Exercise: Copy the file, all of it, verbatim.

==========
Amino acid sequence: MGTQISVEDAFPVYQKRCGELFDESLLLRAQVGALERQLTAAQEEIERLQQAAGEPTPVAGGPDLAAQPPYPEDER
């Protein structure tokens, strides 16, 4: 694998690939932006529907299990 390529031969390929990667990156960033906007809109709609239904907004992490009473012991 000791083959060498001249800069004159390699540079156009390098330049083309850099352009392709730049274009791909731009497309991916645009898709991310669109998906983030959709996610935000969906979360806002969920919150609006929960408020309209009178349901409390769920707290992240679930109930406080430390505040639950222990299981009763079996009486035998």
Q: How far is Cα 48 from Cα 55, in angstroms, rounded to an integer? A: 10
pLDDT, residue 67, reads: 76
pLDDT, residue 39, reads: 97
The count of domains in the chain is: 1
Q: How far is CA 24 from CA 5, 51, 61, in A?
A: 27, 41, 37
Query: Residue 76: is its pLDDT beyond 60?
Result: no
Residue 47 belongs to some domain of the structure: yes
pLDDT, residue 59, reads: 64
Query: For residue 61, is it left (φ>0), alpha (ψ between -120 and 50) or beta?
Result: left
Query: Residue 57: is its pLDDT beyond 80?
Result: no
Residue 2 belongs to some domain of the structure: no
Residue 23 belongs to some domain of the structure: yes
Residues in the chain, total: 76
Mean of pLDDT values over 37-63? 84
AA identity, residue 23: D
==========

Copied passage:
Amino acid sequence: MGTQISVEDAFPVYQKRCGELFDESLLLRAQVGALERQLTAAQEEIERLQQAAGEPTPVAGGPDLAAQPPYPEDER
């Protein structure tokens, strides 16, 4: 694998690939932006529907299990 390529031969390929990667990156960033906007809109709609239904907004992490009473012991 000791083959060498001249800069004159390699540079156009390098330049083309850099352009392709730049274009791909731009497309991916645009898709991310669109998906983030959709996610935000969906979360806002969920919150609006929960408020309209009178349901409390769920707290992240679930109930406080430390505040639950222990299981009763079996009486035998």
Q: How far is Cα 48 from Cα 55, in angstroms, rounded to an integer? A: 10
pLDDT, residue 67, reads: 76
pLDDT, residue 39, reads: 97
The count of domains in the chain is: 1
Q: How far is CA 24 from CA 5, 51, 61, in A?
A: 27, 41, 37
Query: Residue 76: is its pLDDT beyond 60?
Result: no
Residue 47 belongs to some domain of the structure: yes
pLDDT, residue 59, reads: 64
Query: For residue 61, is it left (φ>0), alpha (ψ between -120 and 50) or beta?
Result: left
Query: Residue 57: is its pLDDT beyond 80?
Result: no
Residue 2 belongs to some domain of the structure: no
Residue 23 belongs to some domain of the structure: yes
Residues in the chain, total: 76
Mean of pLDDT values over 37-63? 84
AA identity, residue 23: D